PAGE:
Egyptian authorities have identified three of the people responsible for carrying out a terrorist attack in Israel, just north of Eilat, on Thursday, in which seven Israelis were killed, according to an Egyptian security source.It is unclear whether "identified" means "caught."
The same source added that one of the men identified is a leader of terrorist cells in Sinai, while another is a fugitive who owns an ammunition factory.
The source also gave details of an attack by Israeli security forces that left three Egyptians dead on Thursday. One army officer and two police officers were killed when an Israeli helicopter crossed the Egyptian border at mark no. 79, fired two missiles and then hovered over the Egyptian checkpoint, firing its machine guns, said the source.I've seen reports saying that the IDF accidentally killed between 3 and 5 Egyptians.
I have not seen their names. I have not seen any news about their funerals.
I have also not seen the Egyptian press mention any soldier being killed by the terrorists themselves, including by suicide belts, something the Israeli media reported on.
Al Masry al Youm also has an interesting detailed report on the situation in the Sinai:
Ayoub and his followers believe that the security apparatus unwittingly created the threat of Islamists in Sinai, and that it was the same Islamists who suffered under these unlawful and harsh detentions who attacked the police station on 29 July.
While his Salafi group is peaceful, Ayoub says there are others that believe in violence, such as Al-Takfeer wal-Hijra.
When asked about their level of armament, he says, “They are armed, like everywhere else in Egypt, especially after the revolution started.” Ayoub told the media over a week ago that his group was ready to arm 6000 people in Sinai to protect the territory. Many in Sinai view themselves as the guardians of Egypt’s borders from potential Israeli threats.
Khaled Saad, a businessman and secular political activist in Arish, may not have much sympathy for the militant Islamists, but he still doubts that they are tightly organized groups with deep-rooted ideologies. The level of their threat, he says, is somewhat exaggerated.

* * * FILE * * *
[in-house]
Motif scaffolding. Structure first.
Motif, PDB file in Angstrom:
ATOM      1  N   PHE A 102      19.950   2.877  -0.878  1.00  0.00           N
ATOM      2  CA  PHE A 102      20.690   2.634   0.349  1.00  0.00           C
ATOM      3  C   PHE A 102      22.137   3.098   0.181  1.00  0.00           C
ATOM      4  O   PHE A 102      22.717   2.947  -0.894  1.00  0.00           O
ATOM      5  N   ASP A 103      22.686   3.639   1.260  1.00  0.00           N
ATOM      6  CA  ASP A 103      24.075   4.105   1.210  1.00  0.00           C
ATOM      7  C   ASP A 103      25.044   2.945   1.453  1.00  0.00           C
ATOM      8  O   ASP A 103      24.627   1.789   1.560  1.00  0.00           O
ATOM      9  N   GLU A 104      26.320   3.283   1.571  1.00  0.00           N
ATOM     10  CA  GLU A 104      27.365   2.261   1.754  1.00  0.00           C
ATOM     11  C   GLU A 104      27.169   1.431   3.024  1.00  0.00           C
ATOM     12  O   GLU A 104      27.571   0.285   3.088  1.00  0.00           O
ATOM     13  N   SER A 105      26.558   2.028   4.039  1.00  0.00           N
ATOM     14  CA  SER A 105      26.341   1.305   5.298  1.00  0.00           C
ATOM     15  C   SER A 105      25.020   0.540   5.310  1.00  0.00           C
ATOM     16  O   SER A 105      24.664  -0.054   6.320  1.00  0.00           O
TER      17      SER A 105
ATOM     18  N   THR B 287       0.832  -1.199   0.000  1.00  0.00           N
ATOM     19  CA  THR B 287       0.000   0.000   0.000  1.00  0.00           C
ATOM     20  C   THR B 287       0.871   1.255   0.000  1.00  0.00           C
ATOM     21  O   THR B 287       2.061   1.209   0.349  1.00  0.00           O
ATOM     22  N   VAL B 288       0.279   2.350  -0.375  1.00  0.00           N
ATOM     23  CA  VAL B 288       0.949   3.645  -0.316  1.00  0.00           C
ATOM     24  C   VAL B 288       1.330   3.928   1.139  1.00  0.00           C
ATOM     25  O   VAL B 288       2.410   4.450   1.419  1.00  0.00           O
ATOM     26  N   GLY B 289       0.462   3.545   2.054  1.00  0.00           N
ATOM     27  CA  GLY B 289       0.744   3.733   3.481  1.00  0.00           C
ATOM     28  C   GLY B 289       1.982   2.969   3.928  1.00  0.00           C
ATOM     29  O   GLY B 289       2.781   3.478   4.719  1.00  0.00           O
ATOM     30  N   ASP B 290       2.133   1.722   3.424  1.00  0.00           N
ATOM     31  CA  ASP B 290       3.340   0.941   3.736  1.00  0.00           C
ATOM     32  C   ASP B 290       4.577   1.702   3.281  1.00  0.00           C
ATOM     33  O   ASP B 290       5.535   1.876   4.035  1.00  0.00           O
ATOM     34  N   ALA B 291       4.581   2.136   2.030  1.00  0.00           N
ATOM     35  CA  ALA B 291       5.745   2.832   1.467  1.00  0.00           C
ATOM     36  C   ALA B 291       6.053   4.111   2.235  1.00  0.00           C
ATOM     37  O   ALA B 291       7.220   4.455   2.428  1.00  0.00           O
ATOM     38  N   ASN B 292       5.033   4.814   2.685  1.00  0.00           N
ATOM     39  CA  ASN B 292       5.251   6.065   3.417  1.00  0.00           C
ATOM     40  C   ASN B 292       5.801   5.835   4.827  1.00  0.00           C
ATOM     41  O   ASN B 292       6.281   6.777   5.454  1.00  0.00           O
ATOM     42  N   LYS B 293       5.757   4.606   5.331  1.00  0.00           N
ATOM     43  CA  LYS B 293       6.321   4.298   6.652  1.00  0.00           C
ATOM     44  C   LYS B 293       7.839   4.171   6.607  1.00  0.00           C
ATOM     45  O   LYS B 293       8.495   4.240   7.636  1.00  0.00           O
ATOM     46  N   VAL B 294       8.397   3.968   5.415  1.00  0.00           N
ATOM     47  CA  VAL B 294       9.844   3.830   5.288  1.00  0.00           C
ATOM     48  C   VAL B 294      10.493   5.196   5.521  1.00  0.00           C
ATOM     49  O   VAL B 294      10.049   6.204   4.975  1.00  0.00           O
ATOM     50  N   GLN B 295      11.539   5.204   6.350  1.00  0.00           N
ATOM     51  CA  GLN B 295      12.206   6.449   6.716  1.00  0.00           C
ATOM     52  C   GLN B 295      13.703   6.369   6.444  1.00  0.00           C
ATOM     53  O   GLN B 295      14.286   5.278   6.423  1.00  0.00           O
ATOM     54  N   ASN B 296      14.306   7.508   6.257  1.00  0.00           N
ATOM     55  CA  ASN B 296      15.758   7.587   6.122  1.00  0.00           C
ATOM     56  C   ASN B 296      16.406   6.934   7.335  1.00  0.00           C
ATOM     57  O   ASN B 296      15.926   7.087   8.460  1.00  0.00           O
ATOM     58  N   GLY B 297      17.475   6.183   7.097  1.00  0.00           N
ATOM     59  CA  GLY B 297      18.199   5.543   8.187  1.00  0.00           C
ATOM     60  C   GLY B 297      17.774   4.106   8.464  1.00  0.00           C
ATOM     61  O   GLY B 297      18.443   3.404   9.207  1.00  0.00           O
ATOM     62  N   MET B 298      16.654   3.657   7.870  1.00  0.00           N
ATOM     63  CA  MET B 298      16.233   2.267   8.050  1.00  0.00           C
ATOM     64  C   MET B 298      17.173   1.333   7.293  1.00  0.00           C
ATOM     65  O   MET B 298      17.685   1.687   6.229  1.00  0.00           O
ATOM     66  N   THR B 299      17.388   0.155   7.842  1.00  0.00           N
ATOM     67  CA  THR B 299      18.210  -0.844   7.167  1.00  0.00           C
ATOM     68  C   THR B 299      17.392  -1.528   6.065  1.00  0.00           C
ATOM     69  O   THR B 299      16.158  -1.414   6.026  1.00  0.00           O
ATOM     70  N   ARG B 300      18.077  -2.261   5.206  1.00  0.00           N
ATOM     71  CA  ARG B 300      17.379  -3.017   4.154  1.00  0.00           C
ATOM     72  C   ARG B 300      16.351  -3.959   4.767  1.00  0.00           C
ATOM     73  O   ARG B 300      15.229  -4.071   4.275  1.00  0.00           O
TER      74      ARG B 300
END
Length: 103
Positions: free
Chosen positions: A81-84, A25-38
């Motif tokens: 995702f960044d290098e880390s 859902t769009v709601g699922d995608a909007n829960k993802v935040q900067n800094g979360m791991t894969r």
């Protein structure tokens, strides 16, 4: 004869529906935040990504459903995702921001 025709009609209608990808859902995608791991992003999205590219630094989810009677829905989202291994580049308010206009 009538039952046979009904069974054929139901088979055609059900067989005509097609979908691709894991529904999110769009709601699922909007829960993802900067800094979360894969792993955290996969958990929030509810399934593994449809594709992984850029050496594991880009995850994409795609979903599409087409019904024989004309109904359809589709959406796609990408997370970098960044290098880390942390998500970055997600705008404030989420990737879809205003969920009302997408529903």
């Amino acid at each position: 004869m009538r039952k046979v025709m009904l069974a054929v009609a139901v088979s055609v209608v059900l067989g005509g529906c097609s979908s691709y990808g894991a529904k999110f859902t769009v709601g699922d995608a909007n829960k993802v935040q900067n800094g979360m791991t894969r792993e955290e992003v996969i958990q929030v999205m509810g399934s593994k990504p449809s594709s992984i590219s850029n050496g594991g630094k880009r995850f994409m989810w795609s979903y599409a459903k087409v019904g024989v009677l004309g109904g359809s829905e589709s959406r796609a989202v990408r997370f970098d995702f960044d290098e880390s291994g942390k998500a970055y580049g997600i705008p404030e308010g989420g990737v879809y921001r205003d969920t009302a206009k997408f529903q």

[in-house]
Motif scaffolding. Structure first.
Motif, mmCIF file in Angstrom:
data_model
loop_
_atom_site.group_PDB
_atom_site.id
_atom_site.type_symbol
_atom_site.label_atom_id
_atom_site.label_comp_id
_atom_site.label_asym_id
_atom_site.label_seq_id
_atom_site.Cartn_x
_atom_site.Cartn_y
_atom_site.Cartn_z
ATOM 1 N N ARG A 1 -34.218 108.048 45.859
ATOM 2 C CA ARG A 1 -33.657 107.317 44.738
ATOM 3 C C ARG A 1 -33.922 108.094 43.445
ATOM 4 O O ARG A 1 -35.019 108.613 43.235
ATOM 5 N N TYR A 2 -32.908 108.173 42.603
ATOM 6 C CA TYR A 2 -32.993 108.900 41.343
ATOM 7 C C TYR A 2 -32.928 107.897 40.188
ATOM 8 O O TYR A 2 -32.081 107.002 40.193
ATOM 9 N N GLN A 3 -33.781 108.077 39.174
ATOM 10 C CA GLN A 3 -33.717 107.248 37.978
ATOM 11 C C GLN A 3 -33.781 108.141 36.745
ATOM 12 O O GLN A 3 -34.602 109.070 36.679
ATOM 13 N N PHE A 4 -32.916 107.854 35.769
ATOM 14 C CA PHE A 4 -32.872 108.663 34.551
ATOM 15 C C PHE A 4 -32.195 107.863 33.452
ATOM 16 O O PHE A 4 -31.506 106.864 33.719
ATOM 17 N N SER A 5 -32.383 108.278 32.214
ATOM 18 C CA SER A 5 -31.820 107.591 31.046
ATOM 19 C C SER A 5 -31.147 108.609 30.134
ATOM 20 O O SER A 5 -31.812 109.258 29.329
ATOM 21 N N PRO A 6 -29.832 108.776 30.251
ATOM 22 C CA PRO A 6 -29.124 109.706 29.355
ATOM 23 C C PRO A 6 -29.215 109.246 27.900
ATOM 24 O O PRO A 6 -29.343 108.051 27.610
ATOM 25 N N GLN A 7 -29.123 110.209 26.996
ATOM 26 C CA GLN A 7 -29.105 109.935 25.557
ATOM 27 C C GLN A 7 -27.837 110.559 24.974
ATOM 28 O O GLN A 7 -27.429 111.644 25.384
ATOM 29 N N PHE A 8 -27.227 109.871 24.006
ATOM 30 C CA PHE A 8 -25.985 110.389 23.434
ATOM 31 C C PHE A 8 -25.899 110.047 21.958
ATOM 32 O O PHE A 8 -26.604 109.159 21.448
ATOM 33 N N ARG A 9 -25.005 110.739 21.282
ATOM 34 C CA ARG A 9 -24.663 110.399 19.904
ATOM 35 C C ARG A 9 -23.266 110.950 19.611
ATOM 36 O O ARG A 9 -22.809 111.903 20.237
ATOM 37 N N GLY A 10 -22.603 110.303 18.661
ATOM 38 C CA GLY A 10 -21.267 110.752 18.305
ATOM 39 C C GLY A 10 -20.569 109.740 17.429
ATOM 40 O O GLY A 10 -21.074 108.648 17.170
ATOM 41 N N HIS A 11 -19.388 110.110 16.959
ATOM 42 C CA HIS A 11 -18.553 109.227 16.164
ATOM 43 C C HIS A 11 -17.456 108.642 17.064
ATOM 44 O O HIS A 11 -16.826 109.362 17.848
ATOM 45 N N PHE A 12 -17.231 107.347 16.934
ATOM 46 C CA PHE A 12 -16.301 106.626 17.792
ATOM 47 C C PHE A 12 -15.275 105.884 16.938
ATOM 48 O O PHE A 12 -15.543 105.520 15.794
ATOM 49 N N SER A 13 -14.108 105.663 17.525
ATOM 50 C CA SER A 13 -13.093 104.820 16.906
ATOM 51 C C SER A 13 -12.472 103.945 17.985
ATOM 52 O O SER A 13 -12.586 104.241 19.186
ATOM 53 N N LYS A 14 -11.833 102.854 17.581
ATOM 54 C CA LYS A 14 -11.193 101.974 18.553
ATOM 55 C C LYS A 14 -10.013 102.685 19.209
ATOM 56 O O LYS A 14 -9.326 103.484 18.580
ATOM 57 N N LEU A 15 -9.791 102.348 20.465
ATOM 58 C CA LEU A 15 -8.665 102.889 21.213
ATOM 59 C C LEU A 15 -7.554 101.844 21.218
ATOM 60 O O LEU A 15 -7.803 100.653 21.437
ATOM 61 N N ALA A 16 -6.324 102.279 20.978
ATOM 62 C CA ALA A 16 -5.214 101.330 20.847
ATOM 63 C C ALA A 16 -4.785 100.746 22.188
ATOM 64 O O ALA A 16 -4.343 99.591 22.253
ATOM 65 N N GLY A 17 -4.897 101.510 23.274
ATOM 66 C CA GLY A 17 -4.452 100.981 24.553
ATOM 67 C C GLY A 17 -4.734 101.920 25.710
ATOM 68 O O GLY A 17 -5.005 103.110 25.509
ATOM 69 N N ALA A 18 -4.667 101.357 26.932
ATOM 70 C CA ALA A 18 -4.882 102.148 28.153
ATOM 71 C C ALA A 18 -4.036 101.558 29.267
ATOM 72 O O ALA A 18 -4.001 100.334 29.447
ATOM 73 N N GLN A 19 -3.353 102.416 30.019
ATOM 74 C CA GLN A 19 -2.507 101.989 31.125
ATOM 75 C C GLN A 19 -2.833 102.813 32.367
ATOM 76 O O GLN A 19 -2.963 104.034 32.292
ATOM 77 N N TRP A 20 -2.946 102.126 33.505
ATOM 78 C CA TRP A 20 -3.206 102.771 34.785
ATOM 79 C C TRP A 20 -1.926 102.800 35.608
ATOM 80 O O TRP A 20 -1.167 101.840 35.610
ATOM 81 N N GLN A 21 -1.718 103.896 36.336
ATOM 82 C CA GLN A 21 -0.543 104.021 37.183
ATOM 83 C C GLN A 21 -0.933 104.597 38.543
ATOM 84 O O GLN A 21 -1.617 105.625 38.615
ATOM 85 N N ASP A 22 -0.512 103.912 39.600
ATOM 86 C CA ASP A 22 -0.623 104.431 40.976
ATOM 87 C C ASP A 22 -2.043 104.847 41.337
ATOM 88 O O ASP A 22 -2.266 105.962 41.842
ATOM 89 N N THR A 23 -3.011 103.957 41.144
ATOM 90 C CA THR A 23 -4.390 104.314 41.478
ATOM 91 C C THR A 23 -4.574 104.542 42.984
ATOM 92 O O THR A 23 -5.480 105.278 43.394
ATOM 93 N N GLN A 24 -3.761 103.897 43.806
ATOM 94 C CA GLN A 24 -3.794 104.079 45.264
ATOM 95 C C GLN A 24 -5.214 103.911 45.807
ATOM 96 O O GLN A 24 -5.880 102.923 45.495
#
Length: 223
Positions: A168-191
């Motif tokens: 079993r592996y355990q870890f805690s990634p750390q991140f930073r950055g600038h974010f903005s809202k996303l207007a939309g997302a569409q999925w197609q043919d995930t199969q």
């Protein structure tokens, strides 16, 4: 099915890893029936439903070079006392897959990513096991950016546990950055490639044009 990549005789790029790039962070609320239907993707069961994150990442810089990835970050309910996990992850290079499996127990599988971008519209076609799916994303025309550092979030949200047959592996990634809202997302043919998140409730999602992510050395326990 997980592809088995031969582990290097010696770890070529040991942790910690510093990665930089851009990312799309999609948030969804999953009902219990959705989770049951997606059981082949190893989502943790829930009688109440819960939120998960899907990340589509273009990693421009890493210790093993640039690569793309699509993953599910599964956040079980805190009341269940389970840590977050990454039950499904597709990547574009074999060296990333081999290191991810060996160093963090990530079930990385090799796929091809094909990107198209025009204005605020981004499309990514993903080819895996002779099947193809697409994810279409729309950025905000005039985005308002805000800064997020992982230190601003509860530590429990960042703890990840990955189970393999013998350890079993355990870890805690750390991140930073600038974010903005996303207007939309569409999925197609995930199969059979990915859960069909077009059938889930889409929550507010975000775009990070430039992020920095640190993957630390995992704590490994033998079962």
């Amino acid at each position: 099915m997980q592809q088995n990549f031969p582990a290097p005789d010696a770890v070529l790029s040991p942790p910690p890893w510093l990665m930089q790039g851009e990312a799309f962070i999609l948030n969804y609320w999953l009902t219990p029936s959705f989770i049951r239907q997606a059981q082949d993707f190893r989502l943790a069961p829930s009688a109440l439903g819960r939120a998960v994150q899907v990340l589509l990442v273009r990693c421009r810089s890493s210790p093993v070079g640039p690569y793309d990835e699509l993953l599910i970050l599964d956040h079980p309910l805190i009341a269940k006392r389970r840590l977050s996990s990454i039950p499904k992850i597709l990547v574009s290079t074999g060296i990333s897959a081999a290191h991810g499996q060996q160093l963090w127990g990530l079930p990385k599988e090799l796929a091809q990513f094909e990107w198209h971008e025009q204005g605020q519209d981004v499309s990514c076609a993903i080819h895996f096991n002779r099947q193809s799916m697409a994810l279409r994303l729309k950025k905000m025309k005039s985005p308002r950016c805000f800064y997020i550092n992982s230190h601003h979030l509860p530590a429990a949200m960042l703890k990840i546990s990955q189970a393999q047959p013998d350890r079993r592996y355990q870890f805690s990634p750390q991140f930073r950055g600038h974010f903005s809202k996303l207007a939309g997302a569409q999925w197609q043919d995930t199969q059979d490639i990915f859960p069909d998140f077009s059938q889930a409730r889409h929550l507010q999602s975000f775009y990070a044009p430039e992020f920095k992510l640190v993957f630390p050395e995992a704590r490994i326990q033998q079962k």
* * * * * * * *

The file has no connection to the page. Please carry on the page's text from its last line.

“There has been a lot of anger at the security practices of the toppled regime, so it became easy for some sheikhs to gather outlaws and smugglers around them so that they become a militia,” Saad says, echoing Ayoub in suggesting that the recent attacks on state institutions are the continuation of a battle that began with the oppression of locals by Mubrak’s security apparatus.
Infiltrations from the Gaza Strip have also raised concerns about a rising Islamist insurgency in Sinai. Palestinian factions competing with Hamas’ control of Gaza are chased out and driven into Sinai by way of tunnels that bypass the tightly controlled border.
“Both Hamas and the military intelligence here in Arish have full information about all groups infiltrating into Egypt from Gaza. No one can expand and form a whole armed movement here, because they are well-tracked,” says a Palestinian living in Arish who requested anonymity.
..Egyptian tanks and armored personnel carriers are currently present at military checkpoints between Arish, Rafah, and the nearby town of Sheikh Zowayed.
The military show of force is part of the Egyptian armed forces’ “Operation Eagle,” a troop mobilization that began on 12 August. The deployment, which is ostensibly in response to terrorism threats, needed to be authorized by Israel, as it technically breaches the peace accords, according to reports in the Israeli daily Haaretz.
The mobilization came a week after a statement from a group advocating for an Islamic emirate in the peninsula and calling itself Al-Qaeda in the Sinai Peninsula went viral in the Egyptian media. In response, the military said it would “purge” the peninsula. Many people in Sinai voiced their support for the operation, but others raised concerns.
Before the attacks in Israel on 18 August, Egyptian security forces were quick to call the Sinai operation a success. Deputy Interior Minister Ahmed Gamal Eddin said at a press conference last week that the campaign has so far managed to arrest members of Al-Takfeer wal-Hijra and collect arms and illegally-acquired military uniforms. The assailants in the 18 August attack in Israel were reportedly wearing Egyptian army uniforms.
Security sources have also told local media that Palestinian members of the militant group Islamic Jihad were among those were arrested, some of whom were previously detained in Egyptian prisons and fled during the chaos of last winter’s uprising.
Local media have also reported on coordination between Hamas and the Egyptian military to monitor the movement of potential infiltrators to Sinai from Gaza through the tunnels, particularly from the Army of Islam and a little-known group Jaljalat. Both claim ties to Al-Qaeda.
Some experts on Islamist movements, such as Khaled al-Berry, suggest that the Army of Islam has loose ties to the Syrian regime, which is currently facing massive protests calling for its downfall.
Berry, who classifies groups like the Army of Islam as not strictly ideologically-motivated and easily employed by political players, warns of possible chaos in Sinai being sponsored by an embattled Syrian regime trying to prove its strategic importance to the region.
But in the end, it appears that the threat came from none of those groups. The attack on southern Israel on Thursday that killed eight people was, according to Israel, perpetrated by insurgents from Palestinian Resistance Committees based in Gaza who infiltrated Sinai through tunnels.
YNet has a report about the Sinai situation as well, but it does not seem to be nearly as in depth as this one.
See also the previous post by Suzanne.